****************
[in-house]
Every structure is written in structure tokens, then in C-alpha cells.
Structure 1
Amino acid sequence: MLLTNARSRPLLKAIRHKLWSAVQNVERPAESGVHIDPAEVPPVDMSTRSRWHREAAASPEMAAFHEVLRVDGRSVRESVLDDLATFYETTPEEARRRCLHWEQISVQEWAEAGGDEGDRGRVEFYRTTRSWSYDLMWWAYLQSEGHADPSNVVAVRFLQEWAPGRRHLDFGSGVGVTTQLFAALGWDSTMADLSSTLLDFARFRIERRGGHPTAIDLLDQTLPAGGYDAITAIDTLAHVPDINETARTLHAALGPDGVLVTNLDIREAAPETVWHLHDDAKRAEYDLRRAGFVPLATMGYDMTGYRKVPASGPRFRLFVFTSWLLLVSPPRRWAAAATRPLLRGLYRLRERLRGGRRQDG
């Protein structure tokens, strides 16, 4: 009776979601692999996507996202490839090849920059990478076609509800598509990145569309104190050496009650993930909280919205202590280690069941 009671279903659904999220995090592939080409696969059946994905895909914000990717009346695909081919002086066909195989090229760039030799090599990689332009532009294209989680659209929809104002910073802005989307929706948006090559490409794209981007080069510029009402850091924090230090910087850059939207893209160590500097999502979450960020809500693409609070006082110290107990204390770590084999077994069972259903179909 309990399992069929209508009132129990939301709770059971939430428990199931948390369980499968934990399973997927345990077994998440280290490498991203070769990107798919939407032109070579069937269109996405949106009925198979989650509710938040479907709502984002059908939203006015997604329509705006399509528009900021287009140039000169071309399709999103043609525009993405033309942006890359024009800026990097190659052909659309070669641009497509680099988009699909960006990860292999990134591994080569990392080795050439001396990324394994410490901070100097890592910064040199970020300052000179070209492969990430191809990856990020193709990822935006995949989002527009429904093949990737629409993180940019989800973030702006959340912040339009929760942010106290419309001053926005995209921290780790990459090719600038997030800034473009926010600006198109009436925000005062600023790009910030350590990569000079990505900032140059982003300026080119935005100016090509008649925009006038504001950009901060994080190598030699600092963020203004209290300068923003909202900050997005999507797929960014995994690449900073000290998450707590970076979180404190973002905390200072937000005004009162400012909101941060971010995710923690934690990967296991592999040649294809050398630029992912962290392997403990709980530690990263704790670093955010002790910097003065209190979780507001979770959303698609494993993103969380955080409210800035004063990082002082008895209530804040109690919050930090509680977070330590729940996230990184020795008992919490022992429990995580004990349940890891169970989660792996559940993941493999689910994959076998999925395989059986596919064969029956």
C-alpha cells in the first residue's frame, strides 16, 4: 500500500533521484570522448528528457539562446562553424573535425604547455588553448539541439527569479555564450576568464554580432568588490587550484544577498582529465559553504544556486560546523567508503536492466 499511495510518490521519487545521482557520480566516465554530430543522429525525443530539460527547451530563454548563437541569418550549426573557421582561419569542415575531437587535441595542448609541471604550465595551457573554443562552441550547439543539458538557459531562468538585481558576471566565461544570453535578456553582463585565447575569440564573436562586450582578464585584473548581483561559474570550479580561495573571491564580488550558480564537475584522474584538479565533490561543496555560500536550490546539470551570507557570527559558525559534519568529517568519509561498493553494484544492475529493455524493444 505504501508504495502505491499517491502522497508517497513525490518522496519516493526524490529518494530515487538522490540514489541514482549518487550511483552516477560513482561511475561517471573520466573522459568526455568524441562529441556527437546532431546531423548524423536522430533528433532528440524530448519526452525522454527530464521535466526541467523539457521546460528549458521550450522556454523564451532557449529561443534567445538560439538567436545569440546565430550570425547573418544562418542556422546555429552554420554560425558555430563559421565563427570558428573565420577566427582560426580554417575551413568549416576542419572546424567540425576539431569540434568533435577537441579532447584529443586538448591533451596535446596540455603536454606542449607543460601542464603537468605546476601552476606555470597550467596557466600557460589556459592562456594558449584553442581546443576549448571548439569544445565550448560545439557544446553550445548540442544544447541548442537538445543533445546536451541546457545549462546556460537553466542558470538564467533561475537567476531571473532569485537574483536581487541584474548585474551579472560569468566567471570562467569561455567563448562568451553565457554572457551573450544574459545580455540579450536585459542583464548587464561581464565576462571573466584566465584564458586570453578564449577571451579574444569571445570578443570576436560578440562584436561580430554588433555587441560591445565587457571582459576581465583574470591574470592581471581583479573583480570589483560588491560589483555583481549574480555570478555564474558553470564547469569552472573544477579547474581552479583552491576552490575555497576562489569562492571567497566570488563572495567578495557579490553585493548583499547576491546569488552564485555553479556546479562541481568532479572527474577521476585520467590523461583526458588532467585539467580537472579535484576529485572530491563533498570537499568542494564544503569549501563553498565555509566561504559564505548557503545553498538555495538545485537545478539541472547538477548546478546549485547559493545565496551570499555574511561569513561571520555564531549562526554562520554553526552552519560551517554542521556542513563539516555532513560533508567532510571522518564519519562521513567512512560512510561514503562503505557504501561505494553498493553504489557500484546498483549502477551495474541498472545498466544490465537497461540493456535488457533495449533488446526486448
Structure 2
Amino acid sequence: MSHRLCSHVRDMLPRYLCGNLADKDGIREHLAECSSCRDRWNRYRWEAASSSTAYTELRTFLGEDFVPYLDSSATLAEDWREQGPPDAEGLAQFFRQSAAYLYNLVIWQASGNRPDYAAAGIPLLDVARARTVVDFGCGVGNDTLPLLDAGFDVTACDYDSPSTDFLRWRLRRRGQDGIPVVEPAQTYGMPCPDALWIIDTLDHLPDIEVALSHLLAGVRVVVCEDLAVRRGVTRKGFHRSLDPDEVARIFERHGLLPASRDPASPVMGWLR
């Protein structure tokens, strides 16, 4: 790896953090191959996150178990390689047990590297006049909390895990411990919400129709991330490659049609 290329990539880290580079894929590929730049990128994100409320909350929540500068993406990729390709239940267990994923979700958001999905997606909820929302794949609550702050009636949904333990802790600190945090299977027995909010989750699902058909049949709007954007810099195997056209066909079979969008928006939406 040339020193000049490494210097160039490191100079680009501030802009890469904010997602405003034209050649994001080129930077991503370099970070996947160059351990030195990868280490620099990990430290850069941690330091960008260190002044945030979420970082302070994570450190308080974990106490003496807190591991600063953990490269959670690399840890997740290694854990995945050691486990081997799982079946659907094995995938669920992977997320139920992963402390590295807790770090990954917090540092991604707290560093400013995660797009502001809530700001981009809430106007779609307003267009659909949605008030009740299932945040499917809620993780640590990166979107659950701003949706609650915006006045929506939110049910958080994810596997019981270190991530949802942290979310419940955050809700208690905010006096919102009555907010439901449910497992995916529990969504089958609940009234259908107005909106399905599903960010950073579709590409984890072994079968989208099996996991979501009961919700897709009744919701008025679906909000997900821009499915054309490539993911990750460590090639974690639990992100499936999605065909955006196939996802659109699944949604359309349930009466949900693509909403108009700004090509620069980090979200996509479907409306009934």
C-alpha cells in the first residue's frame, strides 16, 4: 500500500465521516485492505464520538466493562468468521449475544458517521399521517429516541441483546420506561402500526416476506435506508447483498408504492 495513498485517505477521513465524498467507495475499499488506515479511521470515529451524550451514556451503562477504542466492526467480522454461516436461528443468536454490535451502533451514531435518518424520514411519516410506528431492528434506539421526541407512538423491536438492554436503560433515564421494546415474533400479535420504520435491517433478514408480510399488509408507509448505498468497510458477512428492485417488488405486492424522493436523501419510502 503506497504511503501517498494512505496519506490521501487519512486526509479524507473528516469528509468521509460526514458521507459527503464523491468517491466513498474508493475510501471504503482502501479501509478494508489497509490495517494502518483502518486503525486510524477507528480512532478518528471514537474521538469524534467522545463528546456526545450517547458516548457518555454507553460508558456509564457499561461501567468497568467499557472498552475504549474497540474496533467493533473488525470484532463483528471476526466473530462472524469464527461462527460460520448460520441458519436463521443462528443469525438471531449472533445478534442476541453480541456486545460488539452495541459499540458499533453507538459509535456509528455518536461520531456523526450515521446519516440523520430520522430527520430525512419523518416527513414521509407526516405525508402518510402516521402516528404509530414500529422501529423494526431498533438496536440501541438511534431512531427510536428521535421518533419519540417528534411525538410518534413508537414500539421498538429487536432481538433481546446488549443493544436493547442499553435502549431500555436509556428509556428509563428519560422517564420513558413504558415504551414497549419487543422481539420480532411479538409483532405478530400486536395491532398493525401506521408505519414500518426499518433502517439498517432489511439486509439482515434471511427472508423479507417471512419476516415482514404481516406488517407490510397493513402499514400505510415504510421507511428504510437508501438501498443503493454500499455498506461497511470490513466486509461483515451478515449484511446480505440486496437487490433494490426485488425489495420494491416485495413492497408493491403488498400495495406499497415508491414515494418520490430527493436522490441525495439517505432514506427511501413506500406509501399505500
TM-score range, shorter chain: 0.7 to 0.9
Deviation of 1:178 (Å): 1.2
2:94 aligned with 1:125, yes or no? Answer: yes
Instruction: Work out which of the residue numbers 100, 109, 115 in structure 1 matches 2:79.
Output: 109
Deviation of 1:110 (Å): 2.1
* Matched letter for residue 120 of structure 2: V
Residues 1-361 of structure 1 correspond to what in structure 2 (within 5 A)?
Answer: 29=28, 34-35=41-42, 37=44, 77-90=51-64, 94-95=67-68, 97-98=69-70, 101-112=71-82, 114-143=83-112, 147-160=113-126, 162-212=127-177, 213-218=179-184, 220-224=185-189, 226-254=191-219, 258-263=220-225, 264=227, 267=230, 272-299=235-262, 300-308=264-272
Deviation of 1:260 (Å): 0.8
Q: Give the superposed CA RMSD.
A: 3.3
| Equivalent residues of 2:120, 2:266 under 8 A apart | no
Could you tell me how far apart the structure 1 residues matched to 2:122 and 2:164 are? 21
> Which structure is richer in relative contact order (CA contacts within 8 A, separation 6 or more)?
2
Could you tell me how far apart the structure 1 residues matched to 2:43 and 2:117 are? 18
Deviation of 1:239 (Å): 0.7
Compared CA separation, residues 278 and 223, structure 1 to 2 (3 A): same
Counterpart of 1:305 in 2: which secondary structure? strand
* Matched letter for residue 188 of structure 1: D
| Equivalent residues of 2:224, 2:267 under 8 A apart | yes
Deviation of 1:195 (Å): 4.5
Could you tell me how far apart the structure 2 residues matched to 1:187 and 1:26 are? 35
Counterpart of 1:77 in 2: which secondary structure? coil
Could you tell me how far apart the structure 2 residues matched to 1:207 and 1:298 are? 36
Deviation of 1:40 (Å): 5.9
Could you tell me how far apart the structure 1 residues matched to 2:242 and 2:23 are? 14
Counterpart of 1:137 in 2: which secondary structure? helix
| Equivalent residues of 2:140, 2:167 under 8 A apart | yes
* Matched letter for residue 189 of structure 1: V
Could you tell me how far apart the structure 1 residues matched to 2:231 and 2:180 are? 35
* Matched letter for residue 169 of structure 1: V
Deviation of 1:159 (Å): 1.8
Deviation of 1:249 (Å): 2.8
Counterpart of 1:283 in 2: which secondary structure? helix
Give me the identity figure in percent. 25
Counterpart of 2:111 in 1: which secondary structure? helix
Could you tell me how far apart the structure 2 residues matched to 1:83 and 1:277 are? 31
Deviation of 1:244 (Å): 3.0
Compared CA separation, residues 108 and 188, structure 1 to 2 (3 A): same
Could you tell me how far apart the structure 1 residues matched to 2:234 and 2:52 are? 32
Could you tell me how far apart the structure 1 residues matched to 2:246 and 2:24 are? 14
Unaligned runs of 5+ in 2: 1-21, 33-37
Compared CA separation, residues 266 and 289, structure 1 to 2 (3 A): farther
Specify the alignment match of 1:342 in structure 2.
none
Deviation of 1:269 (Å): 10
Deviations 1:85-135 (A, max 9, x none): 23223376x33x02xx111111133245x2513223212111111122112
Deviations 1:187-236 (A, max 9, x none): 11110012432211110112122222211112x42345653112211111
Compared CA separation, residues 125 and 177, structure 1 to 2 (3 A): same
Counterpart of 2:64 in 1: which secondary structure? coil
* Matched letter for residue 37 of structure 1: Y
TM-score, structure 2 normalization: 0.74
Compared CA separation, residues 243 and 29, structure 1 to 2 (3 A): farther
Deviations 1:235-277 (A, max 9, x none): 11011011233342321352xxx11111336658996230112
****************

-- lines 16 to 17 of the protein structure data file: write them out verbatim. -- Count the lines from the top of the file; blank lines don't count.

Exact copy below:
Deviation of 1:110 (Å): 2.1
* Matched letter for residue 120 of structure 2: V